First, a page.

Andrea, Guthrie and I voted on Saturday morning, at the advance poll at City Hall. We usually vote at advance polls - it gets the job done, and election day can be busy. We were part of a small crowd, but as usual the officials were efficient at getting people through the process.
I would suggest that you download the voter registration form from the city web-page before you go - that allows you to skip a step. This is something that wasn't as well advertised as it could have been. I found out about it at the candidates' information session held last week, and it is in the voter brochure that went out a couple of weeks ago, but I didn't see anyone else with filled out forms while we were there. With our filled out forms we were able to go straight to the line to get our ballots, rather than stopping at the long table to fill out the form.
The ballot is different from in past years. Whereas before you would be handed three separate ballots - for mayor, councillor and school board - it's now all on one sheet. And rather than marking an X, you fill in an oval by your preferred candidate, similar to filling out a multiple choice exam that's going to be marked by a computer. After you vote the form is fed into a machine like a fax machine, confirming that you've voted. Quite a change from making sure that the right ballot goes into the right ballot box. This should make getting results much quicker on election night.
Voter turn-out in municipal elections is usually quite low, which I don't understand. Civic elections are about the issues that affect your life every day - garbage pick-up, snow-plowing, ensuring that clean water goes into your house and that pipes are there to take away the water after it's been used. Decisions made by council will affect the state of the street in front of your house, how often sidewalks are repaired, and how many police officers patrol the streets.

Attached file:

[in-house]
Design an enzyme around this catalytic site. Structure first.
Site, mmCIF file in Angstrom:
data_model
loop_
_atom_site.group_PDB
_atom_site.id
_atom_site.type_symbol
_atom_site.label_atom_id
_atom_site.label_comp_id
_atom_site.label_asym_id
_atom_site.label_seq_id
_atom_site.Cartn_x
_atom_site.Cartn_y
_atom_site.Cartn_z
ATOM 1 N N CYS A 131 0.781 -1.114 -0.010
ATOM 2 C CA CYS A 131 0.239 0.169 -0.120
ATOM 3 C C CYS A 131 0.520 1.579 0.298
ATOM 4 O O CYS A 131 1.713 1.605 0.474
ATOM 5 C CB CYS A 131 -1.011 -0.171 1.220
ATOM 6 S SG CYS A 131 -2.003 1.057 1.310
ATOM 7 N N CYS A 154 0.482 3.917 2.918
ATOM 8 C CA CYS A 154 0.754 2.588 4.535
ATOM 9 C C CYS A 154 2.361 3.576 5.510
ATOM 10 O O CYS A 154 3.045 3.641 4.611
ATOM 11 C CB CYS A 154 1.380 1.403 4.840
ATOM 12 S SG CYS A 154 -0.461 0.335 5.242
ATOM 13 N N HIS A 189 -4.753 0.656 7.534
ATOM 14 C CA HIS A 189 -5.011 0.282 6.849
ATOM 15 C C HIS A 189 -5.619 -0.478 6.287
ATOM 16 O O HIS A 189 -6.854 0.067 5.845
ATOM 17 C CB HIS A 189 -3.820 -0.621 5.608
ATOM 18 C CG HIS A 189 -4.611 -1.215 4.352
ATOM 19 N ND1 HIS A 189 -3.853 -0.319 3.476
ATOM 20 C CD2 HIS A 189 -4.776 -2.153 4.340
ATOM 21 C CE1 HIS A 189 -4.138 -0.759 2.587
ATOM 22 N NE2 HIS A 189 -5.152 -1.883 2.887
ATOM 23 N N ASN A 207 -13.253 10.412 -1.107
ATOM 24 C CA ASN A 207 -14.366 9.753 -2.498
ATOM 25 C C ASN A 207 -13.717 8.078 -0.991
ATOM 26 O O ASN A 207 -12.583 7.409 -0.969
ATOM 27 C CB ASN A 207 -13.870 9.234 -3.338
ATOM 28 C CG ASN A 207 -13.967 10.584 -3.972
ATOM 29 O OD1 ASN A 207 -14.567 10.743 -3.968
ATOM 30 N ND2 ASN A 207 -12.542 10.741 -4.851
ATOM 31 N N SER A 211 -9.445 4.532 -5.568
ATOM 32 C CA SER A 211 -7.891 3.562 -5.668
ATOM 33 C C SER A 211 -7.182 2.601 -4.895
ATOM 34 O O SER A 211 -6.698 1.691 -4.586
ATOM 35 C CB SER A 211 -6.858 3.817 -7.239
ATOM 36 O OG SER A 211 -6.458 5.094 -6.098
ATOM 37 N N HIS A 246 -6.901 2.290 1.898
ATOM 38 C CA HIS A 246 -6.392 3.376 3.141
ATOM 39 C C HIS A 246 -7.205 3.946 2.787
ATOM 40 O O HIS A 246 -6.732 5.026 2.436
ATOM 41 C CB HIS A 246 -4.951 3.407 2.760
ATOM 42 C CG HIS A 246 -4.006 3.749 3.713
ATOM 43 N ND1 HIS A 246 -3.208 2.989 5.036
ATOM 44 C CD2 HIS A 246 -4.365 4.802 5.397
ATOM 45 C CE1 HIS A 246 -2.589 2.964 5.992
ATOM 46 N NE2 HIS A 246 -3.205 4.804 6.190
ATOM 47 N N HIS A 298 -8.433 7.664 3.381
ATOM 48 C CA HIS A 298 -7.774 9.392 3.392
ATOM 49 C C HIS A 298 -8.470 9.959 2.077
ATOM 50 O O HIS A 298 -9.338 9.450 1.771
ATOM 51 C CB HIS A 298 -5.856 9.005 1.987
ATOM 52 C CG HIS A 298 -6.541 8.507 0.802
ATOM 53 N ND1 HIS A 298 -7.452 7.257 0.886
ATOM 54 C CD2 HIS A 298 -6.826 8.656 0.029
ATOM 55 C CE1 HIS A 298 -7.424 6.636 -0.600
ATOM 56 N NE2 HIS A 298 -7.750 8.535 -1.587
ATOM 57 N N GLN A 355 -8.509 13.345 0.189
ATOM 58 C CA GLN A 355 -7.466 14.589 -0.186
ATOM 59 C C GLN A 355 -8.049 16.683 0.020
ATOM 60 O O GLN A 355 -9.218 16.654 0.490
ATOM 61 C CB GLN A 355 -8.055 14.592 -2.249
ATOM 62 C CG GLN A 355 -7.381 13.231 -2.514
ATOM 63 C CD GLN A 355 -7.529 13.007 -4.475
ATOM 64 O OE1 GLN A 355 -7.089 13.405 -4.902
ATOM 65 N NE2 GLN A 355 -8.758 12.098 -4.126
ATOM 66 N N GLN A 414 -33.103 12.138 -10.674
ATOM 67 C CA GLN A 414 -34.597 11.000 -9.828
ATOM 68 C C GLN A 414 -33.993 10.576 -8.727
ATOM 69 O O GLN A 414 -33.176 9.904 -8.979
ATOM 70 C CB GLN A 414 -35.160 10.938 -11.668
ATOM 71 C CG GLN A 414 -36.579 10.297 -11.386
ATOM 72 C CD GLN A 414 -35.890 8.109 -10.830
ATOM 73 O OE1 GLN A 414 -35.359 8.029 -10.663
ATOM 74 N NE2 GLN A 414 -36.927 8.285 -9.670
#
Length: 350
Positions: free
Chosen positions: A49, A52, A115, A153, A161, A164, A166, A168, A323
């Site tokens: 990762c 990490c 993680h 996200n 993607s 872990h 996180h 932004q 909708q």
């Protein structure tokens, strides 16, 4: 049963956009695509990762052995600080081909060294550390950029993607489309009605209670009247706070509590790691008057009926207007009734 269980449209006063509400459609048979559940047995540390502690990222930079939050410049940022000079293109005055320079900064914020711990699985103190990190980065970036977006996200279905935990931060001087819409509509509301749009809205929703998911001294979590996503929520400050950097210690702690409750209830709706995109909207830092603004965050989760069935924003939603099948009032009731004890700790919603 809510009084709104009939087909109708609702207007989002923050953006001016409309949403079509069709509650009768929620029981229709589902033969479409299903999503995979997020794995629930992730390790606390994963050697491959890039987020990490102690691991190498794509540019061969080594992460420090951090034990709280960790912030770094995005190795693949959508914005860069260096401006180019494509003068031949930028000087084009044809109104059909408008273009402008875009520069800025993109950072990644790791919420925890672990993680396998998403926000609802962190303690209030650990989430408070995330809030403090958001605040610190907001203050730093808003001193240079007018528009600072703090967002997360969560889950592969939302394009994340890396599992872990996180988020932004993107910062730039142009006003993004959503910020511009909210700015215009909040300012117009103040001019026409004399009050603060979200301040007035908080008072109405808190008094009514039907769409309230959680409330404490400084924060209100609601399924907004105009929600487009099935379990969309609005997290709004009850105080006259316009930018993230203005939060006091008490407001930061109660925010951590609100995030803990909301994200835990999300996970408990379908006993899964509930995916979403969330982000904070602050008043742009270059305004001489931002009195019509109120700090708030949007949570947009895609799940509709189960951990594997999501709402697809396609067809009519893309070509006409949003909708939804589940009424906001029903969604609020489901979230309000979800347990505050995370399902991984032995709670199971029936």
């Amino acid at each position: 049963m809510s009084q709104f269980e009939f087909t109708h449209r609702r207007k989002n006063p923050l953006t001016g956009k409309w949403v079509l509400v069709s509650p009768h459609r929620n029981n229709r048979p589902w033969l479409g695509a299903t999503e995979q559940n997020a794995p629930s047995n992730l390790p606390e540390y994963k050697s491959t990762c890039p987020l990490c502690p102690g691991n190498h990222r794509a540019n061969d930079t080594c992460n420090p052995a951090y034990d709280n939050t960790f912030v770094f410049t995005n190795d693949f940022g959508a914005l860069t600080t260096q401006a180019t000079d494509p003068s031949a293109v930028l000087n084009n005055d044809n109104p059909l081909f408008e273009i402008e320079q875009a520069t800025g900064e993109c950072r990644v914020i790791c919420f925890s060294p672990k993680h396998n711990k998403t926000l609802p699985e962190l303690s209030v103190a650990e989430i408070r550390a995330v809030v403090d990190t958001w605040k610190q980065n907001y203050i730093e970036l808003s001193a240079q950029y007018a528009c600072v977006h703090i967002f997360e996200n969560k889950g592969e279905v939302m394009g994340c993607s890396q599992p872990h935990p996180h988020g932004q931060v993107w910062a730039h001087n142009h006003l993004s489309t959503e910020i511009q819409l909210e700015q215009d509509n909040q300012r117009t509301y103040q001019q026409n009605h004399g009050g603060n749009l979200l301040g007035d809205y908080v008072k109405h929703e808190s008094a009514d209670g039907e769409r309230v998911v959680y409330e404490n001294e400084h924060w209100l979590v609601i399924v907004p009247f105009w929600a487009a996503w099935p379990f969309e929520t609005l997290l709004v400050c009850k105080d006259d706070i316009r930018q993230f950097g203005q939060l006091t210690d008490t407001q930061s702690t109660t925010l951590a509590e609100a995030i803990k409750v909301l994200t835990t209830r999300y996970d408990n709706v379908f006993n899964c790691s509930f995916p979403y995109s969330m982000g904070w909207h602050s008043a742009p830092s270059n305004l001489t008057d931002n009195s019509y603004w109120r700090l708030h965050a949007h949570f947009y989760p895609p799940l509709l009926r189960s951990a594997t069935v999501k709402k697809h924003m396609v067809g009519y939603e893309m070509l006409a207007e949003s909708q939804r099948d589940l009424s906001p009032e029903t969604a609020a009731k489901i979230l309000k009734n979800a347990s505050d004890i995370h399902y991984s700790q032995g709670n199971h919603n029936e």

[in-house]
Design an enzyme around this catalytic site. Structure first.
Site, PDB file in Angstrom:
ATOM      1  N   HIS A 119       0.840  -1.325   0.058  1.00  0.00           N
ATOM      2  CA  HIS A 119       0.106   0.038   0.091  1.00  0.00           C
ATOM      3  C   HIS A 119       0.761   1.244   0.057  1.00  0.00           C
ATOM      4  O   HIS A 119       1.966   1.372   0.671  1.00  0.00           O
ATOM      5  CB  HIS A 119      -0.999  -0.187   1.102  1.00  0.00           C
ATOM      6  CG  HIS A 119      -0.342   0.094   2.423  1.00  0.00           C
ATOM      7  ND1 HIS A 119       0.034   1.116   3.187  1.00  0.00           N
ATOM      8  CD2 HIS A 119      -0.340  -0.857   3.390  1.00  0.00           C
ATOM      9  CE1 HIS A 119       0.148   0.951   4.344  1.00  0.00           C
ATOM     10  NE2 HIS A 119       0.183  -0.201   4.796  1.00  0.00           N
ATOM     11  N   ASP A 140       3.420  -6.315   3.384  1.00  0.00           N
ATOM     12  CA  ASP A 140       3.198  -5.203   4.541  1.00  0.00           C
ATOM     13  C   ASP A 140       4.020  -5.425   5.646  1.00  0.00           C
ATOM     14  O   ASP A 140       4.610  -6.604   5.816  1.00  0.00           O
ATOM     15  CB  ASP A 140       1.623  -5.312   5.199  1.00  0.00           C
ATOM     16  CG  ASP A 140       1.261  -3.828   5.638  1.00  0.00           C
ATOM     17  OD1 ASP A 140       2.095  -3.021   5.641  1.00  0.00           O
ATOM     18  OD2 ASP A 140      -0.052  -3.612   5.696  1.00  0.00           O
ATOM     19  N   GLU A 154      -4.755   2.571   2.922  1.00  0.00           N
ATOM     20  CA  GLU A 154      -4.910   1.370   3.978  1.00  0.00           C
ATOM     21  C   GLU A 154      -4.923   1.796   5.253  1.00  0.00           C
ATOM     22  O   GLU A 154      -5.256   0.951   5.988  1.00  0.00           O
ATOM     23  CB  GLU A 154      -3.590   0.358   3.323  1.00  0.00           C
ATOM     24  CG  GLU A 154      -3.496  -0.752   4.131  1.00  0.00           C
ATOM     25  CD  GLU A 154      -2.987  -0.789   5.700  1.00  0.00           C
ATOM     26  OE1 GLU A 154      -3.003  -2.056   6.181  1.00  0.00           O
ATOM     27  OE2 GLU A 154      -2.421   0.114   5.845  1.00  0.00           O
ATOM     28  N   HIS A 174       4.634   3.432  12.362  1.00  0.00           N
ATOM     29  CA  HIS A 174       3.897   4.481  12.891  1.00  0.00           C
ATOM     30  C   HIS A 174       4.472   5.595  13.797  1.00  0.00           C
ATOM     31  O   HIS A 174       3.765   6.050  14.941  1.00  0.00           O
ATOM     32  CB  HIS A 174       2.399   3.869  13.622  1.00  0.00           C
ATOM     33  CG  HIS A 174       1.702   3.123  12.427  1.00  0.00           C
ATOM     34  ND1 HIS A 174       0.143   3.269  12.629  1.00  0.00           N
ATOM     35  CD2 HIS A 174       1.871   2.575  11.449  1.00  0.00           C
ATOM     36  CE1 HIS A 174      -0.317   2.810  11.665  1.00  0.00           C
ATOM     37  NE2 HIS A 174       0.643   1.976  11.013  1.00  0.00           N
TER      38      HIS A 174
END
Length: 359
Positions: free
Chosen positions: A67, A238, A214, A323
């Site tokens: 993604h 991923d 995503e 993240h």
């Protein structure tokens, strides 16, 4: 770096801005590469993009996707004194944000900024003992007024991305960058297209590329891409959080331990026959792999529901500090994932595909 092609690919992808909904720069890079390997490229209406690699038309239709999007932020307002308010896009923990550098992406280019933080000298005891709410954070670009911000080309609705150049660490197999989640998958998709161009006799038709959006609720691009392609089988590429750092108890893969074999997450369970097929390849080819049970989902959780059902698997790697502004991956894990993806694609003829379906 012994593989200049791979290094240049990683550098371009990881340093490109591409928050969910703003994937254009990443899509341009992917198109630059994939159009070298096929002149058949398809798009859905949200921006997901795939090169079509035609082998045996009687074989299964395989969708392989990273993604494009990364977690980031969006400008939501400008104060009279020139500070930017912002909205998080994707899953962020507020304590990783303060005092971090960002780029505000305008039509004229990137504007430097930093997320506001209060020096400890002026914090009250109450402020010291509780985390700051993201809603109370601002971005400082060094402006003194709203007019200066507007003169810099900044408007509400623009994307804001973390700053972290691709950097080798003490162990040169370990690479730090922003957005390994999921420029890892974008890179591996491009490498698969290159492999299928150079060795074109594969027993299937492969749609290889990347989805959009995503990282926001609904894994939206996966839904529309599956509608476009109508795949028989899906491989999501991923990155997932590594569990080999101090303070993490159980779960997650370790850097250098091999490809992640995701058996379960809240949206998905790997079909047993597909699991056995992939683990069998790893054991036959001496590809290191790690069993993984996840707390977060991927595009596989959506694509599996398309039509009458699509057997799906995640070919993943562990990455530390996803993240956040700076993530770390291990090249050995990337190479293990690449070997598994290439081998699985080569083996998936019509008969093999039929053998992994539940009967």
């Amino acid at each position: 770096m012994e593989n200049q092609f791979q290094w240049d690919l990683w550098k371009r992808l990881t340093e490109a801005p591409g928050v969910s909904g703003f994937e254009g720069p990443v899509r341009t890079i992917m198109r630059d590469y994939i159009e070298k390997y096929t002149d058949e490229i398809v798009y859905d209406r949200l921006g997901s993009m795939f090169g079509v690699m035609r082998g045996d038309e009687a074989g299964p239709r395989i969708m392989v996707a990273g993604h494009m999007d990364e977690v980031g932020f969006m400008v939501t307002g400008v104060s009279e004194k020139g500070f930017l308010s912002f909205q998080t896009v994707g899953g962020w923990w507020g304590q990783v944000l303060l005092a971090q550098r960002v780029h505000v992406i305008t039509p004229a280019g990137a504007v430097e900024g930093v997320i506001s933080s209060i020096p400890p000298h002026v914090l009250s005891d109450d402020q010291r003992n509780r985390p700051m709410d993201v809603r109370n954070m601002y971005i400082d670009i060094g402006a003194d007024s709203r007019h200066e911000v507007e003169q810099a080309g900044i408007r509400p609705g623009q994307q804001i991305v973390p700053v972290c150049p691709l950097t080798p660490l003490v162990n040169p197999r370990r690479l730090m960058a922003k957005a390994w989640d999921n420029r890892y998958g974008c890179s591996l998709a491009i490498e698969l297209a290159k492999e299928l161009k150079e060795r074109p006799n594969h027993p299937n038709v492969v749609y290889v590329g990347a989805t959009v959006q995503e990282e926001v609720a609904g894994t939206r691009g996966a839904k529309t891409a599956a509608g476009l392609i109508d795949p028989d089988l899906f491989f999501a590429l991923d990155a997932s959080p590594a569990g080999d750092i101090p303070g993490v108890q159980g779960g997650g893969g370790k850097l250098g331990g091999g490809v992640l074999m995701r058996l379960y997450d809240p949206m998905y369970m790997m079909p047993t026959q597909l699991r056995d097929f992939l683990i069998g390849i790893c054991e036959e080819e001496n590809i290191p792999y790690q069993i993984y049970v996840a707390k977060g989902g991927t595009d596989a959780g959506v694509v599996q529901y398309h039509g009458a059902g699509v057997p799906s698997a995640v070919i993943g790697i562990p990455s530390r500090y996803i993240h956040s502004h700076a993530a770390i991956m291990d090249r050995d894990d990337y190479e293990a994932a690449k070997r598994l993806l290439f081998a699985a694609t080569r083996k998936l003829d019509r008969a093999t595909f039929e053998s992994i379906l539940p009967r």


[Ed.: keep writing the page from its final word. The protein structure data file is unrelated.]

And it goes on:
Perhaps the low turn-out is because the issues are so ordinary, and members of council are so accessible. We live right here, not in Regina or Ottawa, we have no staff to organize us or prevent us from saying stupid things, and you're likely to see us in the grocery store or coffee shop, so that you can offer your opinion or ask questions in person, rather than going through communications people.
I would argue that those ordinary issues make civic elections more important to citizens on a day-to-day basis than provincial or federal elections. Once elected, a member of council is directly responsible to his or her constituents, not to the leader of a party, and is free to vote however they wish, which means that the opinions of residents are taken into consideration with every vote.
If you still want to vote early, there are three more advance polls - next Thursday and Friday evenings, and next Saturday afternoon, all at City Hall. If you're waiting for Election Day, the city has done a couple more things to make things easier. Public transit is free on that day, to make it easier to get to the polls, and two super polls have been added, where voters from all wards can vote. One is at the Art Hauser Centre, the other at the Field House. These options might be helpful if you have to pass either on your way to or from work.
How you vote is your decision, of course, but I would suggest that substance be a bigger factor in your decision than image. I've been on councils where image was the over-riding factor in most decisions, and that left us with a huge infrastructure deficit that we're still trying to make up for, and facilities that require increasing subsidies every year that weren't planned for. Read all you can, ask questions of your candidates, and make your decision based on facts, not fiction.
"Bad officials are elected by good citizens who do not vote." - George Jean Nathan